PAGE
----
THE LILAC FAIRY BOOK - online childrens book

A Collection of Illustrated classic fairy tales for children by Andrew Lang

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THE HEART OF A MONKEY             47
swim as quickly as I can,' and so he did. and in three days they caught sight of the kuyu tree hanging over the water.
With a sigh of relief the monkey caught hold of the nearest branch and swung himself up.
' Wait for me here,' he called out to the shark. ' I am so hungry I must have a little breakfast, and then I wrill go and look for my heart,' and he went further and further into the branches so that the shark could not see him. Then he curled himself up and went to sleep.
' Are you there ? ' cried the shark, who was soon tired of swimming about under the cliff, and was in haste to be gone.
The monkey awoke with a start, but did not answer.
' Are you there ? ' called the shark again, louder than before, and in a very cross voice.
' Oh, yes. I am here,' replied the monkey ; ' but I wish you had not wakened me up. I was having such a nice nap.'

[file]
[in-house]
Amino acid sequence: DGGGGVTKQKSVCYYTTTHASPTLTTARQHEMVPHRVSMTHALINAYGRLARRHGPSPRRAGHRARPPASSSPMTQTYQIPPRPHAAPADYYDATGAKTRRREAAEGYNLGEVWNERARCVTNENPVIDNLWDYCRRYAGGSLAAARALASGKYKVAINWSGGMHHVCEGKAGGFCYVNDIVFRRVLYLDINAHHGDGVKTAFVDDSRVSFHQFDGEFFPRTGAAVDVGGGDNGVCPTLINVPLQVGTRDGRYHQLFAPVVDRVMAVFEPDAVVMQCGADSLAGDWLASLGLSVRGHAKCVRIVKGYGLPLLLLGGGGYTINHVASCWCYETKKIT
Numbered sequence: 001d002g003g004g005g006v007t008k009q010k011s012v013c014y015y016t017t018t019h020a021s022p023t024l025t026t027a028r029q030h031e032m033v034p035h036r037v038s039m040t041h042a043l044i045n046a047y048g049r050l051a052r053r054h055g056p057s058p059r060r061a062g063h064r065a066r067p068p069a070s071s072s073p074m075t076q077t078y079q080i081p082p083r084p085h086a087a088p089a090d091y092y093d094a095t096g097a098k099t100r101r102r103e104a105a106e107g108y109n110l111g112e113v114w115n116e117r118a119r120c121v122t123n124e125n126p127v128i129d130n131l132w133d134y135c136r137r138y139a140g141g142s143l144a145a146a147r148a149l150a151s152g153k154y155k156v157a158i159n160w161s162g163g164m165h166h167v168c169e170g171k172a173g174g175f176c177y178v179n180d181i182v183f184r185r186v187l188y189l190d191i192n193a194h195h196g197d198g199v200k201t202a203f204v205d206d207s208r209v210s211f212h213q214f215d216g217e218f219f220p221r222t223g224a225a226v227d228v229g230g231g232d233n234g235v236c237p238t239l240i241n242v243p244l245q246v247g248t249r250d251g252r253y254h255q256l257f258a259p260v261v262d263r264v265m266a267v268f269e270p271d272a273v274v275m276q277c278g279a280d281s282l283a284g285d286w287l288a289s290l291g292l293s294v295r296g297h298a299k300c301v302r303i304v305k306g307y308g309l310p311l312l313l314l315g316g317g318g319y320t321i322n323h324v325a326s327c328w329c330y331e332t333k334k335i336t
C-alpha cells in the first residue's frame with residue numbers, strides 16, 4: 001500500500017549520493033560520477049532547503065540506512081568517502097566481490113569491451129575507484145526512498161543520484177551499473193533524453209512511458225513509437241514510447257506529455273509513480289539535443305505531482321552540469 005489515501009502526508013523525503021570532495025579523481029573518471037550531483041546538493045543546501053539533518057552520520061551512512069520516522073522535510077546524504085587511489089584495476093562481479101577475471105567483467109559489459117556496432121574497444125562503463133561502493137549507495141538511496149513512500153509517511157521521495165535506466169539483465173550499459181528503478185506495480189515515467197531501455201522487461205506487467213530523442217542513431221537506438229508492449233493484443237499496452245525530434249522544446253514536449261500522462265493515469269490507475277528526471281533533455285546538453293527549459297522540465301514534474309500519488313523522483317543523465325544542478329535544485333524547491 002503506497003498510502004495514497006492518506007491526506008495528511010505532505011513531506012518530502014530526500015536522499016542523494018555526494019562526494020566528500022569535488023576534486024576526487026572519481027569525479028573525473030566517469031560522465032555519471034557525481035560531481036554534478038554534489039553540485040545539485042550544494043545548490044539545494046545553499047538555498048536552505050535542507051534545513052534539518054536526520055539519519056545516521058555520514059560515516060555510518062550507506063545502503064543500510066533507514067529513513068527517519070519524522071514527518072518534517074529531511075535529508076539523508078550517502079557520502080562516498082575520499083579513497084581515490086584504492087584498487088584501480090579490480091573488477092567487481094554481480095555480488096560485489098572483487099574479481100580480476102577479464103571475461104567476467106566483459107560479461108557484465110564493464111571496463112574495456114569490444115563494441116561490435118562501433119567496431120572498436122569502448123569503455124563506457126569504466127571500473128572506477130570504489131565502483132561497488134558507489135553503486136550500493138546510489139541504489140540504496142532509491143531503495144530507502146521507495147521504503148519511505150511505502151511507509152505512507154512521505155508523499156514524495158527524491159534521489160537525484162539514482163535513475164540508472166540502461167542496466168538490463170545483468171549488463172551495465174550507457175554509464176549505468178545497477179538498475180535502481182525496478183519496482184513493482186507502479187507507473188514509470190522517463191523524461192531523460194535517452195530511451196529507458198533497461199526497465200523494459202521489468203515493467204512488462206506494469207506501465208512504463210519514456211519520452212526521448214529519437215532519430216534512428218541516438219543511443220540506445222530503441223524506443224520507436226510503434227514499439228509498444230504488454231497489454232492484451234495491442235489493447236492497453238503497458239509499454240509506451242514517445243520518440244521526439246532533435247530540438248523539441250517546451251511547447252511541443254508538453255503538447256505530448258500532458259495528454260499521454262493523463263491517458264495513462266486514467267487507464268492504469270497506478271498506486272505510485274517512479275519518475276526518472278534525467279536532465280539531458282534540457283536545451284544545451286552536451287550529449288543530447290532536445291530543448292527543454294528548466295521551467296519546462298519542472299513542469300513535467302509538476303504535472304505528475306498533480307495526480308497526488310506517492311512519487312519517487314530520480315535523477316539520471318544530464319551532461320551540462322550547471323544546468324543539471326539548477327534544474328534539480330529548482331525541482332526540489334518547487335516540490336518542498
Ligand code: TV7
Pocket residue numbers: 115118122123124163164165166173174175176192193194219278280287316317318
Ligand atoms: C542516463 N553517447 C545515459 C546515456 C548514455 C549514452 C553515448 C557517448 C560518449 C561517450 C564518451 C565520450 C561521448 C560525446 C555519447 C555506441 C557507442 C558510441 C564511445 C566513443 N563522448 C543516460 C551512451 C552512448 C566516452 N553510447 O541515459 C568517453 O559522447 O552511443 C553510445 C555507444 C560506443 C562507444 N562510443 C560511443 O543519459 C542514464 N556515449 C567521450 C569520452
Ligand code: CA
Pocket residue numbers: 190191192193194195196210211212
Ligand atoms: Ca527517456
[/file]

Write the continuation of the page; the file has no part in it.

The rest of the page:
' Have you got it ? ' asked the shark. ' It is time we were going.'
' Going where ? ' inquired the monkey.
' Why, to my country, of course, with your heart. You can't have forgotten ! '
' My dear friend,' answered the monkey, with a chuckle, ' I think you must be going a little mad. Do you take me for a washerman's donkey ? '
' Don't talk nonsense,' exclaimed the shark, who did not like being laughed at. ' What do you mean about a washerman's donkey ? And I wish you would be quick, or we may be too late to save the sultan.'
' Did you really never hear of the washerman's donkey ? ' asked the monkey, who was enjoying himself immensely. ' Why, he is the beast who has no heart. And as I am not feeling very well, and am afraid to start while the sun is so high lest I should get a sunstroke,
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